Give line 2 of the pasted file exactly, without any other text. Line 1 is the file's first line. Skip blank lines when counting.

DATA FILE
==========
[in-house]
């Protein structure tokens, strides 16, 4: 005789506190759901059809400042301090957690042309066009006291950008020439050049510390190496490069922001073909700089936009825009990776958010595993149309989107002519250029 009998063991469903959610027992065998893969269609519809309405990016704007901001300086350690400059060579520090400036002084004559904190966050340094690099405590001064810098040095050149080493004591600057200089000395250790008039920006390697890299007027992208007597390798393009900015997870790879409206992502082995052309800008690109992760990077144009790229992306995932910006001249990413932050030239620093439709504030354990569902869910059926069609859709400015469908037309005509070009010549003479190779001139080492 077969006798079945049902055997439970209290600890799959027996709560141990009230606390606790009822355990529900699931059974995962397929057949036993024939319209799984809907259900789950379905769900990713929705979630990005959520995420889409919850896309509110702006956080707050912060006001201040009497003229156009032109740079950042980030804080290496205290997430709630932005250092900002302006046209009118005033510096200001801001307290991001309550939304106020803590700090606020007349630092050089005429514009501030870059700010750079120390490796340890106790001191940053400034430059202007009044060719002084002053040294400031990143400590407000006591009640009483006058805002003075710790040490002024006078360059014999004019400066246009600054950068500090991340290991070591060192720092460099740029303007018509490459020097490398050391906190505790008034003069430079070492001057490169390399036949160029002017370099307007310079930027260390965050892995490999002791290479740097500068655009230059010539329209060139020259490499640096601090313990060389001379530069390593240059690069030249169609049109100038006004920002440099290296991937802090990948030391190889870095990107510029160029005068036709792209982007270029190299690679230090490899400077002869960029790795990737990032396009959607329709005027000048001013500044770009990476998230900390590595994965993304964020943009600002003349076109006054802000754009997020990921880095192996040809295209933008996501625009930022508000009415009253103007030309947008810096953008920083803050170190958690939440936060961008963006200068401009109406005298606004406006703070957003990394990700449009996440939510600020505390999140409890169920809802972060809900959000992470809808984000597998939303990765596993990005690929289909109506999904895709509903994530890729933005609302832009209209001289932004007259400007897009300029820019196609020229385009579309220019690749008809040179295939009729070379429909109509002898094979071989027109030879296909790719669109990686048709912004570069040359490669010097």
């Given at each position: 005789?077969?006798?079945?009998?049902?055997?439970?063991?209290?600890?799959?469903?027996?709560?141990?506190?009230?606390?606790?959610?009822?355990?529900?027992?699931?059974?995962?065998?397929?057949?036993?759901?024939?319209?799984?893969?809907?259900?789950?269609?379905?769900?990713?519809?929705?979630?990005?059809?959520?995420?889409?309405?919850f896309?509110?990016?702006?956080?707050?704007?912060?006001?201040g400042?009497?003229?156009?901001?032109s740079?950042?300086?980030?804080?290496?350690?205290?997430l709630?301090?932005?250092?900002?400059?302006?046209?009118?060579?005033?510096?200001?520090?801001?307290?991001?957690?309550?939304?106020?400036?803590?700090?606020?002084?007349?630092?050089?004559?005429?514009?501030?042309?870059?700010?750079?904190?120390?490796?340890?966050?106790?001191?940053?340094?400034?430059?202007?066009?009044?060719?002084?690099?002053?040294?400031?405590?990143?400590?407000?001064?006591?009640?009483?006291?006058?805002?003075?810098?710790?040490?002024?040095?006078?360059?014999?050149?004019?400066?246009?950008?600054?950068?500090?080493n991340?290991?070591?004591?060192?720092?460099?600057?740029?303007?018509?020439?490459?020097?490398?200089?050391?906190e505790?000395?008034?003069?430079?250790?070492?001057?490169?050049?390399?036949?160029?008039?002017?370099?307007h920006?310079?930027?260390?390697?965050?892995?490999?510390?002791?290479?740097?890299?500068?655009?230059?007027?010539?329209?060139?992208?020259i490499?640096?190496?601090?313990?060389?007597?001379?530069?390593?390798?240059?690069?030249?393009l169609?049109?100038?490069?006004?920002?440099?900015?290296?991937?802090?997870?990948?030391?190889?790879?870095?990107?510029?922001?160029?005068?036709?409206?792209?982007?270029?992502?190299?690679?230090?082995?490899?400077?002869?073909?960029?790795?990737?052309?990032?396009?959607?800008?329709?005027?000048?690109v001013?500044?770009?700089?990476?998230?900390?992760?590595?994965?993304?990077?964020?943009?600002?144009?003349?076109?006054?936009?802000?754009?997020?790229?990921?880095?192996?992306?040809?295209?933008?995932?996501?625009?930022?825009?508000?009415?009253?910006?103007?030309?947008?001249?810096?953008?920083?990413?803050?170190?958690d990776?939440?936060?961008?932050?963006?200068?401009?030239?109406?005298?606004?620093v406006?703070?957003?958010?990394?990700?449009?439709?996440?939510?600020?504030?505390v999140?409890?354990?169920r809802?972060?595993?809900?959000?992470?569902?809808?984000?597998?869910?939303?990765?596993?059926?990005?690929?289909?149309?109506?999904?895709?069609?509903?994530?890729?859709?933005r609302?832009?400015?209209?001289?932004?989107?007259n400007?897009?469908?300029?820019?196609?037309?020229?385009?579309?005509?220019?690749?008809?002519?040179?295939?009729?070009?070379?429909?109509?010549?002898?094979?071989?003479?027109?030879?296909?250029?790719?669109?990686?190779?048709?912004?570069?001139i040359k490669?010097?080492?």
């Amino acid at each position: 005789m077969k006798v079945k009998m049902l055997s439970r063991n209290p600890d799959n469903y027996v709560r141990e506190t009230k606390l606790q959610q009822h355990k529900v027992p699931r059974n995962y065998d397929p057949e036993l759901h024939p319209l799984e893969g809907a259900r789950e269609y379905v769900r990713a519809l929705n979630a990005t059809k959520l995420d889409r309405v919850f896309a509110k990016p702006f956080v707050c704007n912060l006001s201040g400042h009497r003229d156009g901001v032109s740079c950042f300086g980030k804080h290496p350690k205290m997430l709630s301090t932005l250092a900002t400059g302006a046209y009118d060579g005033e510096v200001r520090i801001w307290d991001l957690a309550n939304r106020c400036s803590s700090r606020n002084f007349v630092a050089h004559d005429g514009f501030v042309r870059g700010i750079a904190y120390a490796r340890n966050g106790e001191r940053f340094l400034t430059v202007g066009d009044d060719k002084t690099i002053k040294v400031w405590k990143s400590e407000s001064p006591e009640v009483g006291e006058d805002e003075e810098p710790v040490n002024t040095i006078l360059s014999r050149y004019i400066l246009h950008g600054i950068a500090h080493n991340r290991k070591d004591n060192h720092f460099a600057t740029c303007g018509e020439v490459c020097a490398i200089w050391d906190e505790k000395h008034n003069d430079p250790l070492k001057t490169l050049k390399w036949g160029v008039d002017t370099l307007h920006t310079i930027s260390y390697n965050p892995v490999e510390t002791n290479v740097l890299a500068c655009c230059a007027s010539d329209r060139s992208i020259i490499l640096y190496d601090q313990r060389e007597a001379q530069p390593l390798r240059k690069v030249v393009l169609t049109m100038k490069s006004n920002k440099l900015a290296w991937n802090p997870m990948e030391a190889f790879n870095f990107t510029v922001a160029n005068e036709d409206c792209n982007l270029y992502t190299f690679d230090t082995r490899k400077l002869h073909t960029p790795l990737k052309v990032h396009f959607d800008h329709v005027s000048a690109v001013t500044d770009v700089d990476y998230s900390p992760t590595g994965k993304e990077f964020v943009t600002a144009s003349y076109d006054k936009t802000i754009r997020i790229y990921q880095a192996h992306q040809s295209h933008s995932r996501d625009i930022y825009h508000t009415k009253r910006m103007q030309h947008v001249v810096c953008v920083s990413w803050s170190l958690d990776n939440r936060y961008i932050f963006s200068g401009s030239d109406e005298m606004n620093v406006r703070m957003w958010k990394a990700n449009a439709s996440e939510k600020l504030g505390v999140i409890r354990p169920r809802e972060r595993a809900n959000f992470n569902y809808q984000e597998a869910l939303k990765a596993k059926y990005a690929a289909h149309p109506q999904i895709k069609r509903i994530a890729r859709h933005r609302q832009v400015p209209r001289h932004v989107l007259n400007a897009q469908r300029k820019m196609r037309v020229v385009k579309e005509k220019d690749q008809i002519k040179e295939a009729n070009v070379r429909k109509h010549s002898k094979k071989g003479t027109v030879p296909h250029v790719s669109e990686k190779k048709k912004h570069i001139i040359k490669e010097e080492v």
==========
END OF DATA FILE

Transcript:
């Protein structure tokens, strides 16, 4: 005789506190759901059809400042301090957690042309066009006291950008020439050049510390190496490069922001073909700089936009825009990776958010595993149309989107002519250029 009998063991469903959610027992065998893969269609519809309405990016704007901001300086350690400059060579520090400036002084004559904190966050340094690099405590001064810098040095050149080493004591600057200089000395250790008039920006390697890299007027992208007597390798393009900015997870790879409206992502082995052309800008690109992760990077144009790229992306995932910006001249990413932050030239620093439709504030354990569902869910059926069609859709400015469908037309005509070009010549003479190779001139080492 077969006798079945049902055997439970209290600890799959027996709560141990009230606390606790009822355990529900699931059974995962397929057949036993024939319209799984809907259900789950379905769900990713929705979630990005959520995420889409919850896309509110702006956080707050912060006001201040009497003229156009032109740079950042980030804080290496205290997430709630932005250092900002302006046209009118005033510096200001801001307290991001309550939304106020803590700090606020007349630092050089005429514009501030870059700010750079120390490796340890106790001191940053400034430059202007009044060719002084002053040294400031990143400590407000006591009640009483006058805002003075710790040490002024006078360059014999004019400066246009600054950068500090991340290991070591060192720092460099740029303007018509490459020097490398050391906190505790008034003069430079070492001057490169390399036949160029002017370099307007310079930027260390965050892995490999002791290479740097500068655009230059010539329209060139020259490499640096601090313990060389001379530069390593240059690069030249169609049109100038006004920002440099290296991937802090990948030391190889870095990107510029160029005068036709792209982007270029190299690679230090490899400077002869960029790795990737990032396009959607329709005027000048001013500044770009990476998230900390590595994965993304964020943009600002003349076109006054802000754009997020990921880095192996040809295209933008996501625009930022508000009415009253103007030309947008810096953008920083803050170190958690939440936060961008963006200068401009109406005298606004406006703070957003990394990700449009996440939510600020505390999140409890169920809802972060809900959000992470809808984000597998939303990765596993990005690929289909109506999904895709509903994530890729933005609302832009209209001289932004007259400007897009300029820019196609020229385009579309220019690749008809040179295939009729070379429909109509002898094979071989027109030879296909790719669109990686048709912004570069040359490669010097």